Recently, there was some media interest in statements by scientist Stephen Hawking arguing that humanity would need to colonize space for its long-term survival, essentially due to the supposed inability of our species to regulate itself within the bounds of our planet. In somewhat condensed form here is what he had to say:
'I see great danger for the human race. There have been a number of times in the past when survival has been a question of touch and go. The Cuban missile crisis in 1963 is one of these. The frequency of such occasions is likely to increase in the future. We shall need great care and judgment to negotiate them all successfully. But I am an optimist. If we can avoid disaster for the next two centuries our species should be safe as we spread into space. Our population and use of the finite resources of planet Earth are growing exponentially along with our technical ability to change the environment for good and ill. But our genetic code carries selfish and aggressive instincts that were a survival advantage in the past. It will be difficult enough to avoid disaster in the next 100 years let alone the next thousand or a million. Our only chance of long-term survival is not to remain on planet Earth but to spread into space. We have made remarkable progress in the last 100 years but if we want to continue beyond the next 100 years our future is in space.’ http://bigthink.com/ideas/21570
This concern for man's potential self-made destruction is relatively common-place, and reminds of a quote from the psychologist Carl Jung:
"Indeed, it is becoming ever more obvious that it is not famine, not earthquakes, not microbes, not cancer but man himself who is man’s greatest danger to man, for the simple reason that there is no adequate protection against psychic epidemics, which are infinitely more devastating than the worst of natural catastrophes. The supreme danger which threatens individuals as well as whole nations is a psychic danger. Reason has proved itself completely powerless, precisely because its arguments have an effect only on the conscious mind and not on the unconscious. The greatest danger of all comes from the masses, in whom the effects of the unconscious pile up cumulatively and the reasonableness of the conscious mind is stifled. Every mass organization is a latent danger just as much as a heap of dynamite is. It lets loose effects which no man wants and no man can stop. It is therefore in the highest degree desirable that a knowledge of psychology should spread so that men can understand the source of the supreme dangers that threaten them. Not by arming to the teeth, each for itself, can the nations defend themselves in the long run from the frightful catastrophes of modern war. The heaping up of arms is itself a call to war. Rather must they recognize those psychic conditions under which the unconscious bursts the dykes of consciousness and overwhelms it." The Symbolic Life, CW 18, par. 1358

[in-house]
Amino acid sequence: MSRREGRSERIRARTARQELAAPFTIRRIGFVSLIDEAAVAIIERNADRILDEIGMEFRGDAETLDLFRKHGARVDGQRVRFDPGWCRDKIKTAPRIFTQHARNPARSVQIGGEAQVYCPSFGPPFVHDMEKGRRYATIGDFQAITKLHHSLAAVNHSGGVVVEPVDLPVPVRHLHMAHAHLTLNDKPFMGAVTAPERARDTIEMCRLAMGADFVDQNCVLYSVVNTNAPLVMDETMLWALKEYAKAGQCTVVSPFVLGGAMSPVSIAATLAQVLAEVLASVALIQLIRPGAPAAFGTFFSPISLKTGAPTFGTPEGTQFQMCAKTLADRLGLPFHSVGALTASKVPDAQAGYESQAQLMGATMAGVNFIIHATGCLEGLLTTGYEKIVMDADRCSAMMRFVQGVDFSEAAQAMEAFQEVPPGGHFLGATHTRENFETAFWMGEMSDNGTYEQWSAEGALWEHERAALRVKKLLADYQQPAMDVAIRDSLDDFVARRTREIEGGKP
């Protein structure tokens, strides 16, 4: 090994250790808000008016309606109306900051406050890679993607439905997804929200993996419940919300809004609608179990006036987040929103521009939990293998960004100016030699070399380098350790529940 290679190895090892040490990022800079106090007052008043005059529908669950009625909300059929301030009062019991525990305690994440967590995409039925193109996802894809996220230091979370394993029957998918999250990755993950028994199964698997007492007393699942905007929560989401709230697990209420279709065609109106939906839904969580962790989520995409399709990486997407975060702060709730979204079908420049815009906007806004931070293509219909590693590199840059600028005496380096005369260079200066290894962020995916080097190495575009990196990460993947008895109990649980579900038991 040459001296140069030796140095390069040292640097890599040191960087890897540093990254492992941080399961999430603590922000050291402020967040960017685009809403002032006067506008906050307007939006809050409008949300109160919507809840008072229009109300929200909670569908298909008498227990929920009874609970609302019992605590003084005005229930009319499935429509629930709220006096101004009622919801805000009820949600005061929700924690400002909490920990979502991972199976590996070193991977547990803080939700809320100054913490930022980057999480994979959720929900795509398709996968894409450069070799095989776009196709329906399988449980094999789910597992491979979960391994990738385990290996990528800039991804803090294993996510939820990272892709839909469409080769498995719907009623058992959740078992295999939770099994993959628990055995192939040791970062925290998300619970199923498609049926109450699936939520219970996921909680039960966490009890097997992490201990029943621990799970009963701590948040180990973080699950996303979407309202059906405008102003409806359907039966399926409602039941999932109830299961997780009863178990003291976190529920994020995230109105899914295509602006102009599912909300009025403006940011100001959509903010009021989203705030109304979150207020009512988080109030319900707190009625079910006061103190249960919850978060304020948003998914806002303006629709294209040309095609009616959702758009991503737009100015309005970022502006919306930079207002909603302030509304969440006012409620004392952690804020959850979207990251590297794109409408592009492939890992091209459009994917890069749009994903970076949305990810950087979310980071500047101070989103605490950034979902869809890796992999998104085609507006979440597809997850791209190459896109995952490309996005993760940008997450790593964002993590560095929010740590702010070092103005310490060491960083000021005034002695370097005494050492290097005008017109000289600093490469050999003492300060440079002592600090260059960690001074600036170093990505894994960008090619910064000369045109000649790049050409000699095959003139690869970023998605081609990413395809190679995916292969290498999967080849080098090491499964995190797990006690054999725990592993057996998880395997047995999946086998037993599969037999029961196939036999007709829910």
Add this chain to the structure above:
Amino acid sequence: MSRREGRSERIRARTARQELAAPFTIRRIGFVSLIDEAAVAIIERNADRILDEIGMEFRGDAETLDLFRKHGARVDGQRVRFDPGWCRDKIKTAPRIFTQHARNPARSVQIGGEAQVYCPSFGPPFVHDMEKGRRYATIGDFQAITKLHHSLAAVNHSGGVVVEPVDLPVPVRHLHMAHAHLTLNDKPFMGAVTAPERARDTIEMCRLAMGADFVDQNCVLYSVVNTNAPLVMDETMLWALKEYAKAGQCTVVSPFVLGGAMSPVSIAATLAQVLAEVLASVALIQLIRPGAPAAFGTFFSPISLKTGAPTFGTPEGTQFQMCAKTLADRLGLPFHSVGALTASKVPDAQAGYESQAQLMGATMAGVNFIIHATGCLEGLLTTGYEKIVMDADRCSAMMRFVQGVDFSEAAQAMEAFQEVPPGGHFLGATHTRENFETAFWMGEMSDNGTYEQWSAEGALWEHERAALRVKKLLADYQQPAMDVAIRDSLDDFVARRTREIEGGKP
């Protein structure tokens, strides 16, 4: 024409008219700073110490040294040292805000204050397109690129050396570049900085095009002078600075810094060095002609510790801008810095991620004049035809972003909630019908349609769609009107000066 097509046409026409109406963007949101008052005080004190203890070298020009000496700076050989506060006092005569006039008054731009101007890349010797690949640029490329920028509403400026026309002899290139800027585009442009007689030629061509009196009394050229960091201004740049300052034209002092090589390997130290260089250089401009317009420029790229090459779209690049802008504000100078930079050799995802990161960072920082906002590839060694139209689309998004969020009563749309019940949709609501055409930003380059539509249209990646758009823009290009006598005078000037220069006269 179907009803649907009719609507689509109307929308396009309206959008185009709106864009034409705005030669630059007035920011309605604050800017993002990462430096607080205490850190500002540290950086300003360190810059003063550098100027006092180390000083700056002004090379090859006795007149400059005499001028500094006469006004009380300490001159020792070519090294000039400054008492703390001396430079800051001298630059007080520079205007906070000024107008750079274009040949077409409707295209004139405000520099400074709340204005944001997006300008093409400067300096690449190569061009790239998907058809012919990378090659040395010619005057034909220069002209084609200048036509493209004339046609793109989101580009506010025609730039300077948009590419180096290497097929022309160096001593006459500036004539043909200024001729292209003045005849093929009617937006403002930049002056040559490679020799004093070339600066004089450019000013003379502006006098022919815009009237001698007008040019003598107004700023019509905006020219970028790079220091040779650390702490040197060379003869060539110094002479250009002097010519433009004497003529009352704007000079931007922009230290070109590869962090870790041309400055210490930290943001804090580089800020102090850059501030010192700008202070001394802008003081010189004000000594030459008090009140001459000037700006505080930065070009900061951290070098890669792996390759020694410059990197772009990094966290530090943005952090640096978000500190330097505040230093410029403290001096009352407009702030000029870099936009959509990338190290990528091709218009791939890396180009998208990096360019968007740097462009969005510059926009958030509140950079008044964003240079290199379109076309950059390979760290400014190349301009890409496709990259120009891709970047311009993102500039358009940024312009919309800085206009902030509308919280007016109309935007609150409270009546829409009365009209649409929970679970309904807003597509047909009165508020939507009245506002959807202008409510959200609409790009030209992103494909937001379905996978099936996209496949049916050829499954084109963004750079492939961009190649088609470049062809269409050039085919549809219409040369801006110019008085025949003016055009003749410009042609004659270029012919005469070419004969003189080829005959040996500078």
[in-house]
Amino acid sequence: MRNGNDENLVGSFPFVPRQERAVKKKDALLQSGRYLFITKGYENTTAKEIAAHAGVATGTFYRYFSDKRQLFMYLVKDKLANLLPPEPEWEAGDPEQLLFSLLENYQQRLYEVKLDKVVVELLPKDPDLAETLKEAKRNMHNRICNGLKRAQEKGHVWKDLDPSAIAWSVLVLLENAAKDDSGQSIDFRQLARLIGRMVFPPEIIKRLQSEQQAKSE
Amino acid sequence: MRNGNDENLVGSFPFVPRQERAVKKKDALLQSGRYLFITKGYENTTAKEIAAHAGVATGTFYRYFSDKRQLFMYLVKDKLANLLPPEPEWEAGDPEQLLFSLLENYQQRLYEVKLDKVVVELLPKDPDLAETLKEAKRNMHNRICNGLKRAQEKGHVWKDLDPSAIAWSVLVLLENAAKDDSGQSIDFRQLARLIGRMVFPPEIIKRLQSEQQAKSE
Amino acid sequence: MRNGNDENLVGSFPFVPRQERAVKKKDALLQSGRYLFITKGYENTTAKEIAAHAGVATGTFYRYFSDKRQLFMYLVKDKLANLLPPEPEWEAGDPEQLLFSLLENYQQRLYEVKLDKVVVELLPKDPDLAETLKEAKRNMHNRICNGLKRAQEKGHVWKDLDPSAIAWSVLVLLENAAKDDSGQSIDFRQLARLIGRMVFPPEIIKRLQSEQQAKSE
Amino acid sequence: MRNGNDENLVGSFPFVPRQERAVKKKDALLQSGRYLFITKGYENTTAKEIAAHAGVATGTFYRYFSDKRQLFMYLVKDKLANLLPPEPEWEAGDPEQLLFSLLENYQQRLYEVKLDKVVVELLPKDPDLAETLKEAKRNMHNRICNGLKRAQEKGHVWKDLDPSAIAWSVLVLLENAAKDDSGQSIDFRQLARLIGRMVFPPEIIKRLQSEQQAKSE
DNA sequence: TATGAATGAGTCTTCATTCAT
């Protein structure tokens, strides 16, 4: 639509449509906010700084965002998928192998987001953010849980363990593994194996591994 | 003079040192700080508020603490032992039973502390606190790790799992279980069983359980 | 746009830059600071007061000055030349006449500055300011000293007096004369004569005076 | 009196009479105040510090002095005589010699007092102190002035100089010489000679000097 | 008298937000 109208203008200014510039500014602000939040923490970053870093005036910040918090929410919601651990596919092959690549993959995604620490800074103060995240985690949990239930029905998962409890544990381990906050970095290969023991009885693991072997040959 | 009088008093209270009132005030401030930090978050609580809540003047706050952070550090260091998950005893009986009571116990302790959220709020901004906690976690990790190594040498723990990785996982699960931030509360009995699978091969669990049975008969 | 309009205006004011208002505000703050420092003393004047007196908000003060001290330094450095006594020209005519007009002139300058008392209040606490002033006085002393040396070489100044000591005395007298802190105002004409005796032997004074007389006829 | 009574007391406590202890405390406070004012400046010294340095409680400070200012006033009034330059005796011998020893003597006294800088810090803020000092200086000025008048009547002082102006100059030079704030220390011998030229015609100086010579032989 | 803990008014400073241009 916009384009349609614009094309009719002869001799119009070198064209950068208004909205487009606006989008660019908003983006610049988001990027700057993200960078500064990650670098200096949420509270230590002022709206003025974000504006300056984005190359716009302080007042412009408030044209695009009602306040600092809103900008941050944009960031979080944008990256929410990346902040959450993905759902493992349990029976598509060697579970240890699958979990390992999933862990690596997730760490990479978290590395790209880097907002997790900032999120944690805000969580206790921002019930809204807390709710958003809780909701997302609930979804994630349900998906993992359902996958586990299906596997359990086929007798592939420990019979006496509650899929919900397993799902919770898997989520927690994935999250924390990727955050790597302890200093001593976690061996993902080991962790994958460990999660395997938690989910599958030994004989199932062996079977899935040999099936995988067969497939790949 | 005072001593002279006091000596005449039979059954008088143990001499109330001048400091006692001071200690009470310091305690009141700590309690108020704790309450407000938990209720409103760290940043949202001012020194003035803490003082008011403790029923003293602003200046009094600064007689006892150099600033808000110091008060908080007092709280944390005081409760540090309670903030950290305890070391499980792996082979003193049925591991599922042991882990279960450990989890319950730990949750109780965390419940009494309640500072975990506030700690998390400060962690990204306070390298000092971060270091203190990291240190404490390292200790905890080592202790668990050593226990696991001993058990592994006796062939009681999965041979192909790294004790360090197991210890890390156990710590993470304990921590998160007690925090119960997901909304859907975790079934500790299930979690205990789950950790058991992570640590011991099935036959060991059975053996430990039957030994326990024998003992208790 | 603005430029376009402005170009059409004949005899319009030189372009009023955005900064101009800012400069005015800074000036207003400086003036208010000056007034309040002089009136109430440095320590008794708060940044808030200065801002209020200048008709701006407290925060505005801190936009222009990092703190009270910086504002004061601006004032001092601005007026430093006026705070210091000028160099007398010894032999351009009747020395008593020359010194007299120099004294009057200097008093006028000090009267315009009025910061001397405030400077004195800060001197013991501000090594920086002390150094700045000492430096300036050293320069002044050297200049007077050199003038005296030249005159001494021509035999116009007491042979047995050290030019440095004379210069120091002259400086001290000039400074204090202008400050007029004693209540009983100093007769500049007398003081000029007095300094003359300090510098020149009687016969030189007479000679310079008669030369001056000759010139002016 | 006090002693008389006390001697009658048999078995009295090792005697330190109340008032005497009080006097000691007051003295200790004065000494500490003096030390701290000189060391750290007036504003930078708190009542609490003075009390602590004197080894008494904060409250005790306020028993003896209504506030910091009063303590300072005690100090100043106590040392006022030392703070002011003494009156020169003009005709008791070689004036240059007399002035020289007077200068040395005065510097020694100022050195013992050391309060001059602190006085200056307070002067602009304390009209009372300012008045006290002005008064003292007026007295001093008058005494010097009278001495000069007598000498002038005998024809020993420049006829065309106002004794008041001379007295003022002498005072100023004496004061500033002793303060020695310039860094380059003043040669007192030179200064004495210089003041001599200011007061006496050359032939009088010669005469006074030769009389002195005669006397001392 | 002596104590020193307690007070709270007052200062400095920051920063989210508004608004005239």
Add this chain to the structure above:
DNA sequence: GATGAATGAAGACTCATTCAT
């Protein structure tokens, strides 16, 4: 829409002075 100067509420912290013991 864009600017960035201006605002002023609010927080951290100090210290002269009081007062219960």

And elaborated his position to say
"Such a man knows that whatever is wrong in the world is also in himself, and if he only learns to deal with his own shadow, he has done something real for the world. He has succeeded in shouldering at least an infinitesimal part of the gigantic, unsolved problems of our day." Psychology and Religion: East and West, CW 11, par. 140
Although these analyses of the state of affairs are very similar, these two positions are relative extremes as to the appropriate response required. Perhaps this just reflects the basic premise of the underlying duality in organizing knowledge as 'science' and 'humanities': the outward journey into space, and the inward journey into the soul. One argues that 'Man' and existence is a problem that cannot be solved culturally/psychologically, the other that 'Man' and existence cannot be solved technologically (permitting the short-hand 'problem to be solved' and an exaggeration of the polarization to illustrate my argument).
This dualism, in many ways a heritage from Greek philosophy processed through the Renaissance period onward, remains a powerful dialectic force and it might be argued that it is exactly a fuller synthesis of these which would ameliorate the existential situation with which we are grappling. Thereby, appealing/aligning to one or the other arguably only serves to reinforce this division.
To examine possible syntheses, let's look at Hawking's position. A flaw in his analysis could be due to the fundamental attribution error: the biased attribution of behaviour to personal traits. This is a well-known and established effect in psychology: not discounting the possibility of deeply hereditary behavioural traits, the environmental circumstances in which a person finds themselves are generally much more predictive of behaviour than is typically assumed. Given this fact, it is the prerogative of humans to influence their circumstances to achieve behaviour more in line with what would be desirable/sustainable, instead of blaming "personality" or "genetics". Trying then to bring the two viewpoints together, we might propose this as a middle ground: finding ways of creating and using technology to engender and harmonize with culture, in contrast to primarily fixing isolated problems once they appear. On a deeper level, this would also mean finding ways of restructuring knowledge and academic work in this spirit. A start might be for basic science to seriously and widely address ethical questions instead of proclaiming the sanctity of research/understanding/knowledge, and for humanistic disciplines to address the similarly absolutist relativism that pervades some fields.
We live in an age of information and fragmented relativized knowledge. The challenge proposed here is how to sustainably transform this into wisdom at an individual and collective level. Some are already researching such issues!